Thursday, January 22, 2009

Dragon Quest 4: Equipment and Nostalgia

When I first walked into an equipment shop in Dragon Quest IV: CHapters of the Chosen for the DS, I was greeted by a very familiar sight: a cypress stick, an oaken club, and a copper sword were for sale, along with wayfarer's clothes, leather armor, and a leather shield. For me, that simple list of weapons and armor is full of nostalgia that dates back to my earliest memories of playing console RPGs. The fact that the Dragon Quest series keeps even the list of low-level equipment more or less constant throughout is a pretty good example of how the series utilizes consistency in order to cultivate nostalgia. This is a sound strategy, since nostalgia can be a very powerful thing, since it is what drives people to become dedicated, long-term fans for a series.

The first console RPG I ever played was the original Dragon Quest, renamed Dragon Warrior in the US. By far, my strongest memory of the game is the decision the player faces at the very beginning of the game: to spend his meager amount of starting cash to buy an oaken club and a set of wayfarer's clothes, or to focus on defense and buy the cypress stick and a suit of leather armor. Since I have never put a whole lot of time into the game, I never really made it much further past that point. As a result, that early experience of shopping ended up being particularly memorable, especially since I repeated it several times to experiment with different starting equipment set-ups.

The next time I played a Dragon Quest game, it was Dragon Quest VIII, Journey of the Cursed King, for the PS2. Farebury, the very first town, had the same stick, club, copper sword, and leather armor that was available in the first shop in the original Dragon Quest. Based on some quick research on GameFAQs, it seems that this near-exact list of early equipment is available early on in pretty much every installment of the series. Even when I was playing Dragon Quest VIII, seeing a copper sword immediately brought my childhood memories of struggling to save up enough money to buy one in the original Dragon Warrior. I experience the exact same feelings of nostalgia when I started Dragon Quest IV last week. All it took was that little bit of familiarity to get me really excited about playing the game. The nostalgia value has been enhanced by the use of the same graphical representations for these pieces of equipment in both DQ IV and DQ VIII.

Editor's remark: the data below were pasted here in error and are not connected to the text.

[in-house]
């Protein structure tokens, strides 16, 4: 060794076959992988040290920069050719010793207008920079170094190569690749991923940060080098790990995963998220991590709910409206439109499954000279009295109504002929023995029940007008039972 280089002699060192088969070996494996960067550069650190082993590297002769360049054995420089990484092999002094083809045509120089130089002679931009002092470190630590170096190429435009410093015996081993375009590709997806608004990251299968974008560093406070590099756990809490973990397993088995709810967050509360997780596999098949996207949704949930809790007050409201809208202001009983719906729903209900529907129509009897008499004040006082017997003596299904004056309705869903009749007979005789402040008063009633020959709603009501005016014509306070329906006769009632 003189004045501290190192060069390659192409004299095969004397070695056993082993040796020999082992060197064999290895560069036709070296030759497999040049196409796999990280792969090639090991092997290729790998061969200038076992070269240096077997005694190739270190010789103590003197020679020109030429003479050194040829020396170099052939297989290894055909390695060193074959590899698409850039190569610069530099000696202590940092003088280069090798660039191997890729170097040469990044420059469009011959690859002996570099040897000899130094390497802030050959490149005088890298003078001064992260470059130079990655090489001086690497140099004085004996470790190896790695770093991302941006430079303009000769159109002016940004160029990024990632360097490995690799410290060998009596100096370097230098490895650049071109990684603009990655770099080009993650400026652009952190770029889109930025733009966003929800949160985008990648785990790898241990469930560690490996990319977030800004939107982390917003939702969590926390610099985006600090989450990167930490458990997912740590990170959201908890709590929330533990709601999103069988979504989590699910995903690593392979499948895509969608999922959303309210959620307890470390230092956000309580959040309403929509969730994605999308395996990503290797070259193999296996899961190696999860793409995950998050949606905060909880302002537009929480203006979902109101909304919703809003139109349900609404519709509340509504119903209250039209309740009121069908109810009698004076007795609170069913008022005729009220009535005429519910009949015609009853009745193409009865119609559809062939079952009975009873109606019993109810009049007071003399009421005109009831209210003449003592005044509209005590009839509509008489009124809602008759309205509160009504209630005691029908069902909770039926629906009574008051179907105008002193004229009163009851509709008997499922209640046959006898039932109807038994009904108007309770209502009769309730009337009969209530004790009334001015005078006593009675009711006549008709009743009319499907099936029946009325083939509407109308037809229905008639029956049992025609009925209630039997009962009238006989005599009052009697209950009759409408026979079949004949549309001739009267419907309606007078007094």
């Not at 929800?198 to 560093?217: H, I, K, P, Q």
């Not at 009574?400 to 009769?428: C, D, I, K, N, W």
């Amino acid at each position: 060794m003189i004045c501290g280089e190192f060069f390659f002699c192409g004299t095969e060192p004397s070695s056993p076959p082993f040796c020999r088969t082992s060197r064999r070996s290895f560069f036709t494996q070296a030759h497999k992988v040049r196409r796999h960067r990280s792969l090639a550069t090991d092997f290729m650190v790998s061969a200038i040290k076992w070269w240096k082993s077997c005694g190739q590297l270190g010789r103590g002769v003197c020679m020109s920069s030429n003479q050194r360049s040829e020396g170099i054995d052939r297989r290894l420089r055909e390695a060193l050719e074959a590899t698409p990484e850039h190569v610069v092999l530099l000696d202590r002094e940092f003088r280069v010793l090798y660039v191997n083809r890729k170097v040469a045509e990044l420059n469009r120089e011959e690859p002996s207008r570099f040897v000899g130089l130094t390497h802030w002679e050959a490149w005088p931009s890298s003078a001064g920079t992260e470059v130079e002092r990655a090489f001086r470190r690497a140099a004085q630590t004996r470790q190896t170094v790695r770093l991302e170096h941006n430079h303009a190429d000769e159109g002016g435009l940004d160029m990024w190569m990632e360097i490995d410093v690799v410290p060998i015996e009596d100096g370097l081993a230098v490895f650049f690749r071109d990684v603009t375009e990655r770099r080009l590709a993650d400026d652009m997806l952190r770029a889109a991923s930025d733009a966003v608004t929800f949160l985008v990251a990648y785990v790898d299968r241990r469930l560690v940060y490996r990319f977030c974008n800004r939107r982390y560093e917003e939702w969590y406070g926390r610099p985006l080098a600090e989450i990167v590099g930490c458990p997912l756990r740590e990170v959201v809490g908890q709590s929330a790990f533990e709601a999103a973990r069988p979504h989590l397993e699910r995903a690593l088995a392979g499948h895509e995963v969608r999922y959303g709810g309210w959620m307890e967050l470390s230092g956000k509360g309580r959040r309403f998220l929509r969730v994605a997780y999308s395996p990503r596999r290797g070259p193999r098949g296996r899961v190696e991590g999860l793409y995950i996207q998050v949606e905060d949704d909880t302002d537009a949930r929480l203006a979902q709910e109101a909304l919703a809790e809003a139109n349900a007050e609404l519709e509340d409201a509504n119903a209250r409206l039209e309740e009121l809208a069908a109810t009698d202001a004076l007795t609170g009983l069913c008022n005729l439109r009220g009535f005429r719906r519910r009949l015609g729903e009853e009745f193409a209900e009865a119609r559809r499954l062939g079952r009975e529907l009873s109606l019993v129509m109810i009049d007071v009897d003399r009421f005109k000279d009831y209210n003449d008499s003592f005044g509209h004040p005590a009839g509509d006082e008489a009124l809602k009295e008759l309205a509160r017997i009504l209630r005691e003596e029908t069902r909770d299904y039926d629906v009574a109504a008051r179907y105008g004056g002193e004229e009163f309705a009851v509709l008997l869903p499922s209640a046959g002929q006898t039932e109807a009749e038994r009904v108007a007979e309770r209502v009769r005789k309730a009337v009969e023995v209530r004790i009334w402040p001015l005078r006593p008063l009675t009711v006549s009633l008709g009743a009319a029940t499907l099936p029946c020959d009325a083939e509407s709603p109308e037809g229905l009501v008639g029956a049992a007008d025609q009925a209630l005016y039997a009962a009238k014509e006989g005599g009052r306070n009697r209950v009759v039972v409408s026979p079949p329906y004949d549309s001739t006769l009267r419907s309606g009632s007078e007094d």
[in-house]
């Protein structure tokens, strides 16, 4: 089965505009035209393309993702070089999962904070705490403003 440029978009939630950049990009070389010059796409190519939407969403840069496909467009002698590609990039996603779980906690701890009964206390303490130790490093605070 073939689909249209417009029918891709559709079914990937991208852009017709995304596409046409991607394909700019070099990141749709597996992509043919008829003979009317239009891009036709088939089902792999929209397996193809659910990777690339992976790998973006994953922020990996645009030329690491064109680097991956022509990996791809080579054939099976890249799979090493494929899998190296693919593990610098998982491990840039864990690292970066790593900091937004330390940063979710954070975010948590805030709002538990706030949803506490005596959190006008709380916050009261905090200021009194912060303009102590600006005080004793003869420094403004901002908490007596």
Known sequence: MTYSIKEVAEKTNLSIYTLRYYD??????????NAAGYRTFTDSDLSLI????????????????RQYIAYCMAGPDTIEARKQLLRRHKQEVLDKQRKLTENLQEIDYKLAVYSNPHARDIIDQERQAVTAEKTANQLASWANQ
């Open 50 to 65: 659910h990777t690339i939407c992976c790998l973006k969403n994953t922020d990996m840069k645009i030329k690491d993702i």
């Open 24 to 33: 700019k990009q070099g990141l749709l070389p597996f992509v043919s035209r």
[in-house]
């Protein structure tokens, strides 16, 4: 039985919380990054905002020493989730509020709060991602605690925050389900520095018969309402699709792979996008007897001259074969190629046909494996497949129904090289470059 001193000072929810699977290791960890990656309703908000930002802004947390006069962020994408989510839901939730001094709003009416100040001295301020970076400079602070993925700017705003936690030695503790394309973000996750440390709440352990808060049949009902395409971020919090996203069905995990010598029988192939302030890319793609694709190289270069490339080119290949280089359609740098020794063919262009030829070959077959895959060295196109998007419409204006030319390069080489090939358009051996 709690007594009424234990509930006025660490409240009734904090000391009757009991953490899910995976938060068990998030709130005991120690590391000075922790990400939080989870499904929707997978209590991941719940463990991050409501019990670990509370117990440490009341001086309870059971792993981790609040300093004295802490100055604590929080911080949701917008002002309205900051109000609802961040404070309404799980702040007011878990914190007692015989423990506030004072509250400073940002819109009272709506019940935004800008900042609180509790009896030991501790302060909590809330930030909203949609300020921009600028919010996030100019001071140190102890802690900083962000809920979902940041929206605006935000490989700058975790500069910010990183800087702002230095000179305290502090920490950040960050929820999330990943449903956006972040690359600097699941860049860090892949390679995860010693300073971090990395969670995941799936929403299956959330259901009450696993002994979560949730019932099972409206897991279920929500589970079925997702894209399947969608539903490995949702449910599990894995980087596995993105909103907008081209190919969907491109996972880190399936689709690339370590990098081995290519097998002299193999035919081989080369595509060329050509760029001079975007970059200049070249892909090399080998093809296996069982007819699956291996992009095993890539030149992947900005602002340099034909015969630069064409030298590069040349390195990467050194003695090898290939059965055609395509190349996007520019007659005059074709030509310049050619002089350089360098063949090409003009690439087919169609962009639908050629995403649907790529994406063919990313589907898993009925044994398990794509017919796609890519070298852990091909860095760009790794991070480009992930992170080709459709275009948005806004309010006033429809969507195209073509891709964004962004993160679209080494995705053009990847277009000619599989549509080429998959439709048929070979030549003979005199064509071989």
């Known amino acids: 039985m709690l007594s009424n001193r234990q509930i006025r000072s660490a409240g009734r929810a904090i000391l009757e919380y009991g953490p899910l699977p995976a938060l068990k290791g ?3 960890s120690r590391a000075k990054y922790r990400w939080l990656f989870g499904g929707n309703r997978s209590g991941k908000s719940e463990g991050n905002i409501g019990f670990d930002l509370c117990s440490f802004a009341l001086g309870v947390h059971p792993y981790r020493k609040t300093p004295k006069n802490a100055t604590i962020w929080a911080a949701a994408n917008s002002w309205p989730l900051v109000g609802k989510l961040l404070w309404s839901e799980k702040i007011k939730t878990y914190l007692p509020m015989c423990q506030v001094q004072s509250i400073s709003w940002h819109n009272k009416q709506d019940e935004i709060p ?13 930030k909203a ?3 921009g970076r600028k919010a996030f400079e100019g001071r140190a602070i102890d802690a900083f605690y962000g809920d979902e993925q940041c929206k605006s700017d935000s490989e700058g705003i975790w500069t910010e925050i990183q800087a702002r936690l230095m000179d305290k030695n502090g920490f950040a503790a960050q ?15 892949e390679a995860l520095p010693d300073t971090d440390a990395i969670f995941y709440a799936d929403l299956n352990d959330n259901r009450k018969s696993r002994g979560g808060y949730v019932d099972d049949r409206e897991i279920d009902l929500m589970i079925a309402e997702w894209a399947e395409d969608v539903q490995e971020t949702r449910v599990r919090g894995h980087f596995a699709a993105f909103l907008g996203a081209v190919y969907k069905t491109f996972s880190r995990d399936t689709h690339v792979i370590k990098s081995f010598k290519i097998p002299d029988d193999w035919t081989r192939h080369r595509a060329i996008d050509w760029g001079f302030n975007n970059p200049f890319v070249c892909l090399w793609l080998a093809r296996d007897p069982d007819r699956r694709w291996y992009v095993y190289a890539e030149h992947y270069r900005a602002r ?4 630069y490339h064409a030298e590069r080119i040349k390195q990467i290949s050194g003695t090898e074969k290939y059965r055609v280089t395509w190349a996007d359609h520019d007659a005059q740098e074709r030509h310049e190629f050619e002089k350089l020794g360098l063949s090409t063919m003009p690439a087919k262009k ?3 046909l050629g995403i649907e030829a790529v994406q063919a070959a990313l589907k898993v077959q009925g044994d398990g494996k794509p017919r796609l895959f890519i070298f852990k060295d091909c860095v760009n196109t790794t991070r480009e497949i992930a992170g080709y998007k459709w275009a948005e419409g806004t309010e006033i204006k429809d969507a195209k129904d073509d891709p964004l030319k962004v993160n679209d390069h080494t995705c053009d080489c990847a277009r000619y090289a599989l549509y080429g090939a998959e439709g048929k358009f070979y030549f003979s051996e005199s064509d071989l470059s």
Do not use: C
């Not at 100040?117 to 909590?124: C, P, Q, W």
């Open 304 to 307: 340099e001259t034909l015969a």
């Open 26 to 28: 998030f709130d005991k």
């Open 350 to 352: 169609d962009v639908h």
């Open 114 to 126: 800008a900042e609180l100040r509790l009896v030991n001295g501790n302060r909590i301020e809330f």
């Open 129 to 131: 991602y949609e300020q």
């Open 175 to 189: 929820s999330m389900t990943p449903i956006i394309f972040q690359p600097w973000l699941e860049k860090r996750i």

In the greater scheme of things, something like the names of early pieces of equipment is pretty minor. Yet, I would argue that nostalgia is built upon the familiarity of what would otherwise be inconsequential details. For that reason, I think maintaining consistency in things like monster choice, equipment choice, and so forth between different iterations of the same series is important. These things are what build recognition, familiarity, and nostalgia among fans. I believe the Dragon Quest series is a text-book example of all of this done right.

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